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Diet, exercise key for improving heart health

By Kathryn Doyle

NEW YORK (Reuters Health) - The American Heart Association wants to improve the heart health of all Americans by 20 percent by 2020.

To meet that goal, treating unhealthy habits will be just as important as treating high blood pressure and cholesterol, it said.

Those habits include having a poor-quality diet, eating too much, not exercising enough and smoking, according to a position statement published in Circulation.

Researchers said few U.S. adults are in good heart health based on a measure that considers seven factors: diet, exercise, smoking, weight, blood pressure, cholesterol and blood sugar.

The Patient Protection and Affordable Care Act, commonly known as Obamacare, mandates insurance companies cover intensive behavioral treatment for unhealthy habits without co-pays.

But it will take more than that to significantly improve Americans' heart health, according to the AHA.

"We call on practitioners to encourage patients toward healthy lifestyle change, while recognizing that many systems changes needed to facilitate provision of such counseling are not under the clinician's control," the recommendation states.

"Consequently, we also call on the healthcare system, insurance companies, employers, and educational institutions to institute policies that align to help shift all sectors of the population toward a healthier lifestyle."

Tackling unhealthy habits will need to be a team effort. That means insurance reimbursement policies should be improved so registered dieticians, psychologists and others can become part of the primary care team, according to the AHA.

That team could then link patients to community diet and exercise resources and sort through new health apps and other technologies to see which might be helpful.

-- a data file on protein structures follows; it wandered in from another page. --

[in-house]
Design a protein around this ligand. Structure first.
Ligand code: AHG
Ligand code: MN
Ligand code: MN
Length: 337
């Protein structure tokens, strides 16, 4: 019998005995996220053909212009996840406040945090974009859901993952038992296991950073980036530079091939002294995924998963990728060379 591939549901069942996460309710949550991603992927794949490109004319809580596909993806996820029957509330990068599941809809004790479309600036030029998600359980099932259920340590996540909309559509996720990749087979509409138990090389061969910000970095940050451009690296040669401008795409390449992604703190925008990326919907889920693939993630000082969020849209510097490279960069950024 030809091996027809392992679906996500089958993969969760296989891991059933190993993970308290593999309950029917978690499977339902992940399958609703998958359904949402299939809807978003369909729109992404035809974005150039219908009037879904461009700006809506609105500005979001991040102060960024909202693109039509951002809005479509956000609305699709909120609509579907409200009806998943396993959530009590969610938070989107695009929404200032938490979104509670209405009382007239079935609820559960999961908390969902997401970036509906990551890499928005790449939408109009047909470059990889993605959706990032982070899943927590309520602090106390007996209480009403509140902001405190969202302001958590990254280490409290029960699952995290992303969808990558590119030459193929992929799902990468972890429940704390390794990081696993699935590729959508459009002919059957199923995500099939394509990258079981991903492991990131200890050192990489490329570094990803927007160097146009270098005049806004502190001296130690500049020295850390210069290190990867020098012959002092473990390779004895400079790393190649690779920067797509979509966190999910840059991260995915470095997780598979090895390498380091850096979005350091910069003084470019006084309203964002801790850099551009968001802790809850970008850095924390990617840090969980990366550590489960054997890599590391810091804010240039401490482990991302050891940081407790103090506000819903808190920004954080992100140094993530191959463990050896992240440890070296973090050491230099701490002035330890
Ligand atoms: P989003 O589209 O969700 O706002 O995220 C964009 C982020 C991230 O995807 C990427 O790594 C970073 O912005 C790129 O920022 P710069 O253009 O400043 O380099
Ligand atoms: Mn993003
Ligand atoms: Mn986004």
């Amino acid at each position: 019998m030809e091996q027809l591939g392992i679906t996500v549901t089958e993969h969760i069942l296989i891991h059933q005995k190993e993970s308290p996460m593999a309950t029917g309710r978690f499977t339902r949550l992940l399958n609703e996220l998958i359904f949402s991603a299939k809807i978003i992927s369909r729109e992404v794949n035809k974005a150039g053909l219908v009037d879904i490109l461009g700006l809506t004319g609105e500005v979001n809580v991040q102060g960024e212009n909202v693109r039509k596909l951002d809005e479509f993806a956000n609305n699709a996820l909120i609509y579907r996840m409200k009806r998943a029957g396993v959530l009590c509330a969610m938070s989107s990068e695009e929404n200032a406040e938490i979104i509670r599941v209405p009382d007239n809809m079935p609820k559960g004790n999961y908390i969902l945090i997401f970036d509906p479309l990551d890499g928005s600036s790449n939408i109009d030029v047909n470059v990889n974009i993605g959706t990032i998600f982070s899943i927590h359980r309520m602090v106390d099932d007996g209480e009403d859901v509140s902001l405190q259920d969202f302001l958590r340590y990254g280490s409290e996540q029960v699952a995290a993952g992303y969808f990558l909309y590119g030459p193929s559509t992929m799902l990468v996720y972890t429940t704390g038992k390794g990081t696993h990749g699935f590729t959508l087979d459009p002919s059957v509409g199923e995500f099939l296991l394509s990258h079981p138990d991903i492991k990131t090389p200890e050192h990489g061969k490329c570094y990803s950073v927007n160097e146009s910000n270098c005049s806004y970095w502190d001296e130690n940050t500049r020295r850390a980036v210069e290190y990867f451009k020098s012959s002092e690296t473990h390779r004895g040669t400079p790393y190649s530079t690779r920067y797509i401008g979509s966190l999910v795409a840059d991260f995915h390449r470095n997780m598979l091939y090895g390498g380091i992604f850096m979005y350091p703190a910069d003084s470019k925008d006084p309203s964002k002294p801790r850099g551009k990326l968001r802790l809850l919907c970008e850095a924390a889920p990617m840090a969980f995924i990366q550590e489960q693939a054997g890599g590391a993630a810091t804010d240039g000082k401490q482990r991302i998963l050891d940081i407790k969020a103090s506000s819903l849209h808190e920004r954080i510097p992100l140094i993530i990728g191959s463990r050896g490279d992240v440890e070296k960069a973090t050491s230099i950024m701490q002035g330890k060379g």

From a policy angle, the AHA says doctors will need simple ways to measure diet and exercise and should be paid for helping patients meet their goals.

Those aims "are feasible in the long term, if there is a collective medical will to do them," according to Dr. Aaron Folsom. He studies heart disease and community health at the University of Minnesota in Minneapolis.

"Much has been achieved already," Folsom told Reuters Health.

But diet and exercise are still tough for people to change, despite all the research showing the benefits of a healthy lifestyle, Dr. Richard L. Brown, director of the Wisconsin Initiative to Promote Healthy Lifestyles in Madison, said.

"We need more research on how better to help patients modify these behaviors," he told Reuters Health.

Both Brown and Folsom were not involved in the new policy statement.

Brown agreed with the AHA statement overall, but said he would count alcohol as an additional heart health risk to consider.

"Many studies have found that moderate drinking can reduce the risk of heart disease, while more than moderate drinking raises the risk," he said.

"Similarly, the literature is clear that risky and problem drinking are more amenable to measurement and change than diet and physical activity."

He also said expanding healthcare teams to include dieticians and psychologists could fragment care and wouldn't be feasible for most primary care practices.

What are needed instead, Brown said, are people like health educators or health coaches trained to promote healthier behaviors.

SOURCE: http://bit.ly/GH7X7F Circulation, online October 7, 2013.

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